January 22, 2020 – When I was a kid, I used to play (shoot) marbles—sometimes for “keeps” and sometimes for “fun.” You need not have played marbles or even understand how the game is played to guess which version my parents preferred me to play.
All the kids in the neighborhood understood competition. We played to win: football, baseball, horseshoes, cowboys, and Indians. But, when the game, contest, or event was over, and a winner or winners declared, we all were still best friends, buddies. No one lost, and there were no losers. We just moved on to the next competition.
In 2018 it was a technological world. Kids don’t shoot marbles in driveways (you need dirt for the playing field) or play cowboy and Indians across the neighborhood backyards. Today, there is no need for two empty soup cans with a string attached to them to communicate— text or call your friends on your cell.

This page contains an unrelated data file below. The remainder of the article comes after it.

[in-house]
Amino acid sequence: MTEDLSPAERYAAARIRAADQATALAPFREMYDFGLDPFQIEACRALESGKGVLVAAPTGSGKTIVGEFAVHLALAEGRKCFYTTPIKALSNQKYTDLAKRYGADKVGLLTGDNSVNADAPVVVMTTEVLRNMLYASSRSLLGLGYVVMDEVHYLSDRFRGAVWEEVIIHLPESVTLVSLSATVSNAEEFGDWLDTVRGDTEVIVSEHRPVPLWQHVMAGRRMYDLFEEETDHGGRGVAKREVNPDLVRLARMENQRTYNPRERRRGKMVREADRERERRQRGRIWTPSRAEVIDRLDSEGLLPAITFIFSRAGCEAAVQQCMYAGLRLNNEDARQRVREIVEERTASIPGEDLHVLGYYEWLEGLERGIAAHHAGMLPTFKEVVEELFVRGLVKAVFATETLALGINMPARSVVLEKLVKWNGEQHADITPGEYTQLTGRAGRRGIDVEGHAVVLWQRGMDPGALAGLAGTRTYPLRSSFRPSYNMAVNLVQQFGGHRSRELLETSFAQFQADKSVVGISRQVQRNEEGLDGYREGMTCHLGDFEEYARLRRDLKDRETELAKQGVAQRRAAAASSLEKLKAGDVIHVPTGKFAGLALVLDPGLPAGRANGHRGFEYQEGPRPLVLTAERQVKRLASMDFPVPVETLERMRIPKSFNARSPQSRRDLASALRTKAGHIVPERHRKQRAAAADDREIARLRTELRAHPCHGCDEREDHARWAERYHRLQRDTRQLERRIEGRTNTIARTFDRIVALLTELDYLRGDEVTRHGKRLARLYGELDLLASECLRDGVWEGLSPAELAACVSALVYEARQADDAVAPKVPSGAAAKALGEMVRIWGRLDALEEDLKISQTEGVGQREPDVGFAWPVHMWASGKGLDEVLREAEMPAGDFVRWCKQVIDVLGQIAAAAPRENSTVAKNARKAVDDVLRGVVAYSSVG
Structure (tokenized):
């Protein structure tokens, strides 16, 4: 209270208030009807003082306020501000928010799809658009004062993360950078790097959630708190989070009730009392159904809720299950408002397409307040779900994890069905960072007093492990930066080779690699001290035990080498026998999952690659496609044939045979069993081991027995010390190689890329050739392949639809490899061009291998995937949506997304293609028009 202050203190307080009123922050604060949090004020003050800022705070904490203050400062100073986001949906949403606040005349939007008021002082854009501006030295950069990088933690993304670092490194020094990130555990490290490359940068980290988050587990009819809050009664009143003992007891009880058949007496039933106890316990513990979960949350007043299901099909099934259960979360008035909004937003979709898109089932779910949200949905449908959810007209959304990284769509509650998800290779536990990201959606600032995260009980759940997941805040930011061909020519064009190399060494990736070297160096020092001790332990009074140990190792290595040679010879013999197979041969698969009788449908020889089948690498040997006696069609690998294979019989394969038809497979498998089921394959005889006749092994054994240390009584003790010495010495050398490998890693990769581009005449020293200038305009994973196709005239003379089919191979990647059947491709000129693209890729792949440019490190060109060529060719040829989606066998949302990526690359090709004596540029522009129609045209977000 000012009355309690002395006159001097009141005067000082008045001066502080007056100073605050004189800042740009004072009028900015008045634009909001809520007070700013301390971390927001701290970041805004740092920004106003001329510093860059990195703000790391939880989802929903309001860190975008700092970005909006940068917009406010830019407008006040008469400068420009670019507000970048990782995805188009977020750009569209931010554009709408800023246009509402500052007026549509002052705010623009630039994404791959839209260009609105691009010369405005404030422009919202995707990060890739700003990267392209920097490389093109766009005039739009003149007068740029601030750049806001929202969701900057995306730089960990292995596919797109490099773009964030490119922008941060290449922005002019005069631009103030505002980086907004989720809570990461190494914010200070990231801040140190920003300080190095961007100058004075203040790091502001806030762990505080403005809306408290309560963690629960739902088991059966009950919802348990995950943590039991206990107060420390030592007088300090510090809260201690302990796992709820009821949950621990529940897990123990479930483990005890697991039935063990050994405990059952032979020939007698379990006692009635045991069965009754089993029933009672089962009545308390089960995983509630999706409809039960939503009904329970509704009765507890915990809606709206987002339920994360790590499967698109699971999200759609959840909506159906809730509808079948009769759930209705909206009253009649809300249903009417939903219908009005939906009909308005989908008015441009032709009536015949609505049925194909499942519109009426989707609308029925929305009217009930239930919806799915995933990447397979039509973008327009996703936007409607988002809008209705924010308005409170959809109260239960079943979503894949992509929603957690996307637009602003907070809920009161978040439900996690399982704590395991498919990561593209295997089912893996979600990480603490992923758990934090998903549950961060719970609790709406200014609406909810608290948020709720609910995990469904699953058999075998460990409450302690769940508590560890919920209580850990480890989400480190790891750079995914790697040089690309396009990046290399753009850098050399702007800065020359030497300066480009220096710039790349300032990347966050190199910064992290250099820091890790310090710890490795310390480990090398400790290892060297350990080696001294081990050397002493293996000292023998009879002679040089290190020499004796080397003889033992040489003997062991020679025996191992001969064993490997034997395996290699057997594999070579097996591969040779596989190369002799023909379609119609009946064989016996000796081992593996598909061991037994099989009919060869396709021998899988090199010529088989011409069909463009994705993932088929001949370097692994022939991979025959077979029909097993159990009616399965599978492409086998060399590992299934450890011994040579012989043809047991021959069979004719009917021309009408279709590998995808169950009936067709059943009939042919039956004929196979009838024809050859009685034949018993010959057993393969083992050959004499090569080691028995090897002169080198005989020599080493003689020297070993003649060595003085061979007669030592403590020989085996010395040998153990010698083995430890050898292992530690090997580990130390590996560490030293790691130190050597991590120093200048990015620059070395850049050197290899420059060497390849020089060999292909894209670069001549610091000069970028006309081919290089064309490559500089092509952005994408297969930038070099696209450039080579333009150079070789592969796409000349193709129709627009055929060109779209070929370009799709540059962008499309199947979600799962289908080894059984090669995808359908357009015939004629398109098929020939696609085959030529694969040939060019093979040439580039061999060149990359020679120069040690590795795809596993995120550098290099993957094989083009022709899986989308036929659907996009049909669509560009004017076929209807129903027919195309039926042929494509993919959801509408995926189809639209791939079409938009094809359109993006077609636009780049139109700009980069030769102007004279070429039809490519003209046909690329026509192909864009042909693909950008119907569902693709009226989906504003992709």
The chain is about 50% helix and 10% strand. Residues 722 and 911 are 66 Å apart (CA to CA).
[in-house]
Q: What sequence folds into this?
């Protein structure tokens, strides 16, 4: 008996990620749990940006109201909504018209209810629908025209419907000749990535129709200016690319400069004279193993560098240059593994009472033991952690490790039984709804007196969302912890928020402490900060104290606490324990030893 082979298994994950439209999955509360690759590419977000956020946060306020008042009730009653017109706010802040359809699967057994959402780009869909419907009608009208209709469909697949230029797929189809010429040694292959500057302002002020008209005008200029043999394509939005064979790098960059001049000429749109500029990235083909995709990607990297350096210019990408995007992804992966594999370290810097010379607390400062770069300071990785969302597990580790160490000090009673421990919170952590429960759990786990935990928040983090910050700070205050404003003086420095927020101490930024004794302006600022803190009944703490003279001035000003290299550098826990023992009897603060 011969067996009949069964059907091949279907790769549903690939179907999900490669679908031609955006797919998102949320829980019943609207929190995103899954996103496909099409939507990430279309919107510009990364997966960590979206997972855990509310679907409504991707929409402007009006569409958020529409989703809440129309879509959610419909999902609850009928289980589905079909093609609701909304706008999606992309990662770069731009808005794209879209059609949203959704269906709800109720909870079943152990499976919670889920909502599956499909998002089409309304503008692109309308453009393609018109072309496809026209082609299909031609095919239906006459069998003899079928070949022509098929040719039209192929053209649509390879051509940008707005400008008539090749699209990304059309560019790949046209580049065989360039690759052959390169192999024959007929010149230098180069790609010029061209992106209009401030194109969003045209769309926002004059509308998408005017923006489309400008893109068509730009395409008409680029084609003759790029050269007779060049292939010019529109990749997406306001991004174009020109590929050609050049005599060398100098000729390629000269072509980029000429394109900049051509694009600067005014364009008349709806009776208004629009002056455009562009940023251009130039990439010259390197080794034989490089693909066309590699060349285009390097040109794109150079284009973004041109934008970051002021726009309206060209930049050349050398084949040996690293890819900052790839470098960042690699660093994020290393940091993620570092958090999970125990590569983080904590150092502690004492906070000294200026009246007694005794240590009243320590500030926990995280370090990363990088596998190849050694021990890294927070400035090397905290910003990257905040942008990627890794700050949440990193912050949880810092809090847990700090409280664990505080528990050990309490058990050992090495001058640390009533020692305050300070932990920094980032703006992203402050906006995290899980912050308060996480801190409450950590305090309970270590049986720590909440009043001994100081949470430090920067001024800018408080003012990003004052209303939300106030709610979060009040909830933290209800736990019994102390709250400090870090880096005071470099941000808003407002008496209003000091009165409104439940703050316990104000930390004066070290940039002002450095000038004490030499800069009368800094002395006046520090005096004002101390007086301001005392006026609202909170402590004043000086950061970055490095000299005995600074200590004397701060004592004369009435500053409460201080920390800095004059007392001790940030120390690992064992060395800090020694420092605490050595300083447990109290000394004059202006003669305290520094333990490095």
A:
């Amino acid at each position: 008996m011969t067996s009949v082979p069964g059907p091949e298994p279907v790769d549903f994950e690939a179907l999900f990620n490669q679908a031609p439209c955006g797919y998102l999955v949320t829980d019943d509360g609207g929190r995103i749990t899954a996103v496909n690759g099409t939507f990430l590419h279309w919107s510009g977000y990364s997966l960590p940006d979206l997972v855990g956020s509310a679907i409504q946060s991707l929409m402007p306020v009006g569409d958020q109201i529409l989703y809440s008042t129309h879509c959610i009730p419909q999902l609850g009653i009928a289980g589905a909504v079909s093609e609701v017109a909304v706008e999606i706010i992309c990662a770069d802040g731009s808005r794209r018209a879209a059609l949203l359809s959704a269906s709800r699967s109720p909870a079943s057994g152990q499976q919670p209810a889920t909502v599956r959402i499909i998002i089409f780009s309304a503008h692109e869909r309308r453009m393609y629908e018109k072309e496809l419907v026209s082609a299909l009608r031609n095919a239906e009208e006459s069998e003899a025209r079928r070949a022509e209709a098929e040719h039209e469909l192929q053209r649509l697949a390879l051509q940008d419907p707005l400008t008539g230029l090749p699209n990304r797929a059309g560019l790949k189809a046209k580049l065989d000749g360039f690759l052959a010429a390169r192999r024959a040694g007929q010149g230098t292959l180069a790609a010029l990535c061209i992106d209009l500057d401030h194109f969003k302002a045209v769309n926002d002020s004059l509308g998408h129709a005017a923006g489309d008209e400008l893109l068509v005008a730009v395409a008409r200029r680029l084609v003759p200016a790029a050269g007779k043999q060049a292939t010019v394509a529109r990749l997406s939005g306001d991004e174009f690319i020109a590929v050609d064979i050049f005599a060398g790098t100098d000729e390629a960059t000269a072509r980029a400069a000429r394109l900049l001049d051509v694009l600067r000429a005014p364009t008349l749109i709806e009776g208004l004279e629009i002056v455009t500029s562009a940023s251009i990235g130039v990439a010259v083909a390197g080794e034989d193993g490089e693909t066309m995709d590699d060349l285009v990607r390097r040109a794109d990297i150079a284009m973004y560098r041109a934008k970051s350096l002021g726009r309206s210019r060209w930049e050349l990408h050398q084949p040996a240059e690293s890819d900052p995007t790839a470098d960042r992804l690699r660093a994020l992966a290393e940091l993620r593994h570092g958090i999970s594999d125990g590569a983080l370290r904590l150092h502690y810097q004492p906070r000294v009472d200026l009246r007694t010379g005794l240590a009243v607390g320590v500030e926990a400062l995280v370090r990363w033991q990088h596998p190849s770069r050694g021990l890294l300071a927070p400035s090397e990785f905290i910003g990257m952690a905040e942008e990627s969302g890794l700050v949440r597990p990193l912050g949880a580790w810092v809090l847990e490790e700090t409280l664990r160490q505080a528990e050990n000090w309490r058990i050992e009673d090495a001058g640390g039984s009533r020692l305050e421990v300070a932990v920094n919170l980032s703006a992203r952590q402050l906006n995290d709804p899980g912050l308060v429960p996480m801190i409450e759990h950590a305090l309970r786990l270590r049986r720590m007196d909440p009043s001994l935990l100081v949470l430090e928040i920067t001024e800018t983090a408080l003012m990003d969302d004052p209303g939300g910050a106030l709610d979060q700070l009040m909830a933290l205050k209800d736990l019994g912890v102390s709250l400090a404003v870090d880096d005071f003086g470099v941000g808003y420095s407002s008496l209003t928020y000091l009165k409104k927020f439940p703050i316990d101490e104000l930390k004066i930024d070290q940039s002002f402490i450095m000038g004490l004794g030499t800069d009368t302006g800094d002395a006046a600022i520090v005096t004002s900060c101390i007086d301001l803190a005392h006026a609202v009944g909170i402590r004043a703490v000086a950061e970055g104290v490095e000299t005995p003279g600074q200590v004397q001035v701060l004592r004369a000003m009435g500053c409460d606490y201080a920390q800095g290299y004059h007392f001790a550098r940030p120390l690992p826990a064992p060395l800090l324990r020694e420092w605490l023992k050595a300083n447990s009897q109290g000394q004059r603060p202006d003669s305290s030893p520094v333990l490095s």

Time brings change—much of it beneficial. But not all change is positive. Today, many people have adopted the mantra of only playing for keeps and forgotten how to have fun. Today, we often recognize the winner and classify all the other participants as participants? Somehow that doesn’t sound right. If you win, you win. If you don’t win, you lost. You are not a loser, but you lost.
I like the concept of win/win. But, in today’s world, there are “winners,” and there are “losers. Someone won the account; someone else didn’t; one team scored more points than the other side; someone is valedictorian; someone else is attending summer school; someone got promoted. Some people got overlooked.
Our goal should be to work hard and play for keeps. We need the spirit of competitiveness. But, when we’ve given our best, and the game is over, and a winner is declared, WE MUST STILL BE FRIENDS. No person, who offers their best, can be called a loser. We need to move on to the next competition.